the fact is more harmful rays are getting through to the earth and it is going to become a problem. are skin has not adapted to the rays that are now coming in and i have learned about this in my AP and college classes. it isn't some made up science...it is real.



Being smart is not only about getting good grades its also about being able to think things out for yourself....

If you pay attention in history you know that not everything taught in school ends up being true..... (the world is not flat)

But then again this refers back to the differance between being smart and wise

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Post #53   9/6/08 12:05:09AM   

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Posted by Kracker_Jap


Posted by jiujitsufreak74


Posted by Kracker_Jap

Both of guys apparently don't get it , and have drank the warm Koolaid

The point is this people got sunburned before, science is very new on this front and can only measure back so many years.....

Do you think the dinosaurs walked around and acted like little bitches blaming each other when the ice age came J/K but I hope you get my point



the fact is more harmful rays are getting through to the earth and it is going to become a problem. are skin has not adapted to the rays that are now coming in and i have learned about this in my AP and college classes. it isn't some made up science...it is real.



Being smart is not only about getting good grades its also about being able to think things out for yourself....

If you pay attention in history you know that not everything taught in school ends up being true..... (the world is not flat)

But then again this refers back to the differance between being smart and wise



well i learned the material and the data is true. i'm not just blindly accepting it as fact, it is apparent in real world scenarios that it is true. rays from the sun that have not been able to penetrate the ozone layer in the past are now getting through which is harmful to human beings. why do you think the number of people with skin cancer has gone up exponentially within the past 20 years? i have gotten sunburn on cloudy days because of the harmful rays that get through.

Post #54   9/6/08 12:50:16AM   

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Posted by Kracker_Jap


Posted by jiujitsufreak74


Posted by Kracker_Jap

Both of guys apparently don't get it , and have drank the warm Koolaid

The point is this people got sunburned before, science is very new on this front and can only measure back so many years.....

Do you think the dinosaurs walked around and acted like little bitches blaming each other when the ice age came J/K but I hope you get my point



the fact is more harmful rays are getting through to the earth and it is going to become a problem. are skin has not adapted to the rays that are now coming in and i have learned about this in my AP and college classes. it isn't some made up science...it is real.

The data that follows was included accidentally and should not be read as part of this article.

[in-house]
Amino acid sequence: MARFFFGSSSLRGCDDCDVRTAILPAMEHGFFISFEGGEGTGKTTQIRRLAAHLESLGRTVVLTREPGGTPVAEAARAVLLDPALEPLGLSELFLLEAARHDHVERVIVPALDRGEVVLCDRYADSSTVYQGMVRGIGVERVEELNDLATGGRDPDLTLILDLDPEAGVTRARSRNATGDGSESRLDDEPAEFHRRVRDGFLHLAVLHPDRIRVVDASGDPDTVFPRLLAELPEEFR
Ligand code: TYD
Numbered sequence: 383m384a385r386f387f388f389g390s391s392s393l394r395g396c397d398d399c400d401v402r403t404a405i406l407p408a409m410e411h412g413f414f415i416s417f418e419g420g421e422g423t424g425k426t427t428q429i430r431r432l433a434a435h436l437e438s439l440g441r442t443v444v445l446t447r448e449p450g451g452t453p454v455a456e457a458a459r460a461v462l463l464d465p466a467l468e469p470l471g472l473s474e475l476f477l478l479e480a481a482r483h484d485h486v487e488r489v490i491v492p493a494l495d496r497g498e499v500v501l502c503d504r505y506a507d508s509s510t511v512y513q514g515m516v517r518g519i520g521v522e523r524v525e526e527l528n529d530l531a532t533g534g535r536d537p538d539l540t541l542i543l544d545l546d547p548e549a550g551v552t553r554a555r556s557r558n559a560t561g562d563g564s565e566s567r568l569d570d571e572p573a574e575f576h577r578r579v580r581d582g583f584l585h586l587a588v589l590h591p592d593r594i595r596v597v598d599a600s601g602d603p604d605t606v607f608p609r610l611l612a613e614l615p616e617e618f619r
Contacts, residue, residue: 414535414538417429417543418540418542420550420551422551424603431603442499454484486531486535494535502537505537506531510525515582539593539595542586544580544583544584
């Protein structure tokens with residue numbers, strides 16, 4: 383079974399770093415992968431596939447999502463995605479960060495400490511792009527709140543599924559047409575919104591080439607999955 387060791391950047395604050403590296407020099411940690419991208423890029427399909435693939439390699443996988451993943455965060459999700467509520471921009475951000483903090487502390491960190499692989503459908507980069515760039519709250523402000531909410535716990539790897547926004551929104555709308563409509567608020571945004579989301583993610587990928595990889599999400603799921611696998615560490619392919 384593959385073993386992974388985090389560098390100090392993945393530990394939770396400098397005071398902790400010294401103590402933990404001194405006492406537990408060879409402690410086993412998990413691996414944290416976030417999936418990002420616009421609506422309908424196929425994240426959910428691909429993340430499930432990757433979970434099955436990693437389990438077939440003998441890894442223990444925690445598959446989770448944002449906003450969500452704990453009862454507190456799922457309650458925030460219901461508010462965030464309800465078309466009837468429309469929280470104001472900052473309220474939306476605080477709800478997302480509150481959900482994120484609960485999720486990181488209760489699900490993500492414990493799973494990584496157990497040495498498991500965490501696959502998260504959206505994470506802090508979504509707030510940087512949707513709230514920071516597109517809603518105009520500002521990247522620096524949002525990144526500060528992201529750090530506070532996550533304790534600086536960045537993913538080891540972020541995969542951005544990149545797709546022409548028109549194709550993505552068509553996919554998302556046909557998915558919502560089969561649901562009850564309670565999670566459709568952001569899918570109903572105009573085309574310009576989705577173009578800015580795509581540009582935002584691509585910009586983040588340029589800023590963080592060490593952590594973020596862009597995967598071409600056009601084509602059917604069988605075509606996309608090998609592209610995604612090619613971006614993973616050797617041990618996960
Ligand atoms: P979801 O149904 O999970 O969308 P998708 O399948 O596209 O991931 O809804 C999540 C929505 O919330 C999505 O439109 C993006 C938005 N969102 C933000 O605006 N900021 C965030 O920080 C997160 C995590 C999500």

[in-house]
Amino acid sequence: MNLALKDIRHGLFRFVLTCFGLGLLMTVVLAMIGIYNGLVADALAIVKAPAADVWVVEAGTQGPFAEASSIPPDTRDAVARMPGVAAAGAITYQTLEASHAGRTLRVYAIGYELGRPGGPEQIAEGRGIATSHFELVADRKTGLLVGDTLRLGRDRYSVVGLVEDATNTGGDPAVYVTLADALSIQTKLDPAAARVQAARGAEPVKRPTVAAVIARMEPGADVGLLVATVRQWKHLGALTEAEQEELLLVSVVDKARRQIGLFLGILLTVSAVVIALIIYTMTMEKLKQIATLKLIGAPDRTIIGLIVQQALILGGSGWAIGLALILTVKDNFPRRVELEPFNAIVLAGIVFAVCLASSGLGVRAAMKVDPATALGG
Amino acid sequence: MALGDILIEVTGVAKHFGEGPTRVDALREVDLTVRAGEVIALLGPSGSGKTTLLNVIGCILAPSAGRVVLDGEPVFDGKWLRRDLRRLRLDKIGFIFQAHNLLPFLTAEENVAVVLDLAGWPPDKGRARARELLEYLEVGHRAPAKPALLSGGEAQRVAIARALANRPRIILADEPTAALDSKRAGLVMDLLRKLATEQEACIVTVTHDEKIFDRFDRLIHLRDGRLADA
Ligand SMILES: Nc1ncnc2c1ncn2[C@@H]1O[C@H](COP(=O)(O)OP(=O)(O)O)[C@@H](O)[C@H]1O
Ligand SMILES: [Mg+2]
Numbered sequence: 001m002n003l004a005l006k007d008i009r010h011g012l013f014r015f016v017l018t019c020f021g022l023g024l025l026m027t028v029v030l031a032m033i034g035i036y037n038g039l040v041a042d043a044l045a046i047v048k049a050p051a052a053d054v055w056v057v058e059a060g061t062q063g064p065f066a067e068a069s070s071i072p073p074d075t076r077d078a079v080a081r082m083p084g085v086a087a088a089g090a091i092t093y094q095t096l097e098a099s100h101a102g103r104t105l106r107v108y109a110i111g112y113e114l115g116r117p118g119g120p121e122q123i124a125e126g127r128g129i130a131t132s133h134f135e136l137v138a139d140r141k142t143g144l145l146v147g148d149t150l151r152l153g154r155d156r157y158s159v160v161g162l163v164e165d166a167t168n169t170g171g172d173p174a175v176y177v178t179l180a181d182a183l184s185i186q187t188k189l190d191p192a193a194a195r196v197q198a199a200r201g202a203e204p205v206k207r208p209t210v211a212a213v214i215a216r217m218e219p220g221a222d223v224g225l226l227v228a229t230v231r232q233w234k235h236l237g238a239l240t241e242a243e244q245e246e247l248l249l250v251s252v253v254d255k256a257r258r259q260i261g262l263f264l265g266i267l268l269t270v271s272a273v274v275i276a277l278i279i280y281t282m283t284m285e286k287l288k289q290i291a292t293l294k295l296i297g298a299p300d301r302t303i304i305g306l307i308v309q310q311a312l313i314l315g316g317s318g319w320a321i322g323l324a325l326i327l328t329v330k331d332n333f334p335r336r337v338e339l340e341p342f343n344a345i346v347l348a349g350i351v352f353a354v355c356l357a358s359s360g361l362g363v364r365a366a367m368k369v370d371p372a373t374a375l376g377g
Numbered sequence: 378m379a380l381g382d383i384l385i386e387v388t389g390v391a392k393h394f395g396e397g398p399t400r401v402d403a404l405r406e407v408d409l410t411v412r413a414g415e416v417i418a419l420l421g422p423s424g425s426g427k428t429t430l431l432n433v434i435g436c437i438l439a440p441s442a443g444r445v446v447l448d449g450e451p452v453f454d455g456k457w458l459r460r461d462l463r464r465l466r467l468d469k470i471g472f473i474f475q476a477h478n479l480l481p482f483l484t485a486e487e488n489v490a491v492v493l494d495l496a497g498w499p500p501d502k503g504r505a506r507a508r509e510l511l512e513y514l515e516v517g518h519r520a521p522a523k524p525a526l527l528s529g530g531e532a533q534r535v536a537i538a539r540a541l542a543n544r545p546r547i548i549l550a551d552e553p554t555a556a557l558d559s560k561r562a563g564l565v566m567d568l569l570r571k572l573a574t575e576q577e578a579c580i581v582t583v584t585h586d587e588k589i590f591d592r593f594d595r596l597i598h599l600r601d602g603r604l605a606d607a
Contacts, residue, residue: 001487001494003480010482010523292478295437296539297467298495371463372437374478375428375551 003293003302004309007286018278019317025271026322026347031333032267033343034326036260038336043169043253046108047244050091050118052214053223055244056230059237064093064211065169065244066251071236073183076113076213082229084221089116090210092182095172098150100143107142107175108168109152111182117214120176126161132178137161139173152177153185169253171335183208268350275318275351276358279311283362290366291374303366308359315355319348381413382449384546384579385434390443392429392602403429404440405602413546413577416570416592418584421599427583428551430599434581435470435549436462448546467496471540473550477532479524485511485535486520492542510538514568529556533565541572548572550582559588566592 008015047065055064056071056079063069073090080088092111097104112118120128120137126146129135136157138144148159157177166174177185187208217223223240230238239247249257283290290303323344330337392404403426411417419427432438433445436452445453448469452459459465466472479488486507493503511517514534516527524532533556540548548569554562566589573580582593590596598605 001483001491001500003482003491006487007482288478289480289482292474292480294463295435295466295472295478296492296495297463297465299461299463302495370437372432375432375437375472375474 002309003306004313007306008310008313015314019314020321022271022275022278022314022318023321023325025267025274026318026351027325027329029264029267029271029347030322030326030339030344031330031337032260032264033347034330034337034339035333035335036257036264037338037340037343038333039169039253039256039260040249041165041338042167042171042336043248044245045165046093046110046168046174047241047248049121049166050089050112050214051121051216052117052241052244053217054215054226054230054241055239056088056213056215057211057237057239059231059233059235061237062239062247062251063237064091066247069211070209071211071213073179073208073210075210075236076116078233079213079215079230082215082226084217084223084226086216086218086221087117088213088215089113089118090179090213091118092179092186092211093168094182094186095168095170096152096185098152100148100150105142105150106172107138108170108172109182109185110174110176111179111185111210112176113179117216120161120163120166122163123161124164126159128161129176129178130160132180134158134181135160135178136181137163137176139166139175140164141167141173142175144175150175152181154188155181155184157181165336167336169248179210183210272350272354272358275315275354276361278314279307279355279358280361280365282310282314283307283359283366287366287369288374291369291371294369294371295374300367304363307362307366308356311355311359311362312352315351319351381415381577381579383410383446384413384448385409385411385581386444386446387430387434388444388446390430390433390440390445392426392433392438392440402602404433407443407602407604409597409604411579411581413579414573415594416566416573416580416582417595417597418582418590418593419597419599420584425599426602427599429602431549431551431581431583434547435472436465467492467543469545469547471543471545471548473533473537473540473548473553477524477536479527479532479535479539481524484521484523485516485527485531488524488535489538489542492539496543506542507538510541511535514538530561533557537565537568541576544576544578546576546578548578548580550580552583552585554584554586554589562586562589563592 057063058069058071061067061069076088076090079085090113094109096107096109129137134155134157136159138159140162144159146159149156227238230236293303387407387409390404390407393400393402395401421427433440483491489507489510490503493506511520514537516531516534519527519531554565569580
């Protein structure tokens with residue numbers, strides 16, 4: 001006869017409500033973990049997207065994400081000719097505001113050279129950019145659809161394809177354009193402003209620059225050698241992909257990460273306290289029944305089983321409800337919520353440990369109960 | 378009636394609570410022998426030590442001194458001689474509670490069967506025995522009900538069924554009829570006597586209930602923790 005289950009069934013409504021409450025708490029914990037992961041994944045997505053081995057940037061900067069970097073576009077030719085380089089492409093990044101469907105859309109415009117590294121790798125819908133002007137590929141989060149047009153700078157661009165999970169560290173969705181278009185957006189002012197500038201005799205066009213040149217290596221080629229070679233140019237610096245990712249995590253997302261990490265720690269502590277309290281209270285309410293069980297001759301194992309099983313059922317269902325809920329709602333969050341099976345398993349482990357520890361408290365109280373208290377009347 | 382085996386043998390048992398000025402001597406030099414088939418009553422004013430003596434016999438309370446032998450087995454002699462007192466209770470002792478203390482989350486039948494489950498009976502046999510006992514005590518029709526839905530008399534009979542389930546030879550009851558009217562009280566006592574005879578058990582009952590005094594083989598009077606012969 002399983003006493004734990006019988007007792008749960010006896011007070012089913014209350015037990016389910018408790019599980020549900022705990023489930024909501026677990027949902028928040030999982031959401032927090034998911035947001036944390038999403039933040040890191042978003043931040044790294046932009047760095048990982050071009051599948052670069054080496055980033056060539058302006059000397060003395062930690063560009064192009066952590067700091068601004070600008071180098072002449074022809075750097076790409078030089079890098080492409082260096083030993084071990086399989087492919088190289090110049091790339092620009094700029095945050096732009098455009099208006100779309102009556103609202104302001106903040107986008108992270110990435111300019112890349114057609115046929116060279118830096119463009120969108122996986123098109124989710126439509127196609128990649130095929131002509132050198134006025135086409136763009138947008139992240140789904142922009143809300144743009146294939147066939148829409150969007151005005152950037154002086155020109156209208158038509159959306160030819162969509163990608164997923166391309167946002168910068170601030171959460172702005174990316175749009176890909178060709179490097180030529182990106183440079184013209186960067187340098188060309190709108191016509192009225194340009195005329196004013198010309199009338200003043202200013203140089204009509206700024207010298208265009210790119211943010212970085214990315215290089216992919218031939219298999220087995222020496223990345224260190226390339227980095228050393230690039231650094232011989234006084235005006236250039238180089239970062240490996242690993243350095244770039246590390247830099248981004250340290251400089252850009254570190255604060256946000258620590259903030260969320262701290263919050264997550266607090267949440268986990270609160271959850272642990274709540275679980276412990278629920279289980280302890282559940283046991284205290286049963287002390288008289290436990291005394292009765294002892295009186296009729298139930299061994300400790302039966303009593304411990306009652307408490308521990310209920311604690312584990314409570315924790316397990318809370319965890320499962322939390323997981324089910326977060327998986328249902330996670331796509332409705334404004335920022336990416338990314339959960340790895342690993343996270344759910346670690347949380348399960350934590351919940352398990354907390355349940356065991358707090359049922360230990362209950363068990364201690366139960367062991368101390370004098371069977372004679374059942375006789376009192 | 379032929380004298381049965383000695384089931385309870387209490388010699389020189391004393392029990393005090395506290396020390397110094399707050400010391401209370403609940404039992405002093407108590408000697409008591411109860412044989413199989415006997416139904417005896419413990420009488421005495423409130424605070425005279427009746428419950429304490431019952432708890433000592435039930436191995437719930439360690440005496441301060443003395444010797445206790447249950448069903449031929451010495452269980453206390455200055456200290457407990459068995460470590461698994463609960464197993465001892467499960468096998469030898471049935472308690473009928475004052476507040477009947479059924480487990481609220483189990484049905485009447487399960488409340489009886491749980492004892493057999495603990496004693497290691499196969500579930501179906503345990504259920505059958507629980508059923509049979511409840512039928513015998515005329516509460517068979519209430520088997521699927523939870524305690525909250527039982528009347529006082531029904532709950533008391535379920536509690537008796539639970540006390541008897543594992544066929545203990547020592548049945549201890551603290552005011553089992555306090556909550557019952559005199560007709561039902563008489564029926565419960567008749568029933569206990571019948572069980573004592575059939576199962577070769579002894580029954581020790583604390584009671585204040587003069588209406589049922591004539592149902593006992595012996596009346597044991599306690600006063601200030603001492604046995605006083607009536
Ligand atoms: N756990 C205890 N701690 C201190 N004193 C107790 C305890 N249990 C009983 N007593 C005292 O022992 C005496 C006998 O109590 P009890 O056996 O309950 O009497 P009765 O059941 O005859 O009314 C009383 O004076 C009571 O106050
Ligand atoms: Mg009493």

Being smart is not only about getting good grades its also about being able to think things out for yourself....

If you pay attention in history you know that not everything taught in school ends up being true..... (the world is not flat)

But then again this refers back to the differance between being smart and wise



To be honest, (not taking anything away from JJFreak here), what he said wasn't "smart" but common sense, anyone who pays attention to the news would know it.

Post #55   9/6/08 12:54:17AM   

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A lot has been said, so I'll just throw a couple facts out there.

1. The world started as molten rock.

2. Then it was completely frozen

3. Then it was horrifyingly hot again and the dinosaurs died.

4. Then it was completely frozen again.

So, saying the world is getting too warm, has never been like this, rapid changes, blah blah blah doesn't hold water here.

As for humans causing it, I don't buy it in the least, for two reasons.

1. Compared to the Industrial revolution, we barely pollute anymore, so the world suddenly picking up tempeture doesn't seem to make sense, considering we've cut back on ******* up the world.

2. I don't remember the exact number for this, but in 1816 when Mount Tambora blew and caused The Year Without a Summer, it was estimated that volcano put up 5 MILLION TIMES the pollution mankind had put into the atmosphere at that point. In a year and half, everything was back to normal. The Earth clearly has the capacity to clean itself up fairly well if it took out 5 millions times the pollution the human race had caused in 8000 years, in a little over 18 months.

As for doing something about it, if this is a cycle that happens every tens out thousands of years, I very much doubt we can do anything to fix it, and I well imagine anything we try would probably make the situation worse. I think going green is a decent idea, but I don't like the idea of investing staggering portions of the worlds economy into the effort, when it can go to making our lives easier in the here and now, and not in ten thousand years when the Earth gets to be unbearably hot again.

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Post #56   9/6/08 2:30:00AM   

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Posted by Svartorm

1. Compared to the Industrial revolution, we barely pollute anymore, so the world suddenly picking up tempeture doesn't seem to make sense, considering we've cut back on ******* up the world.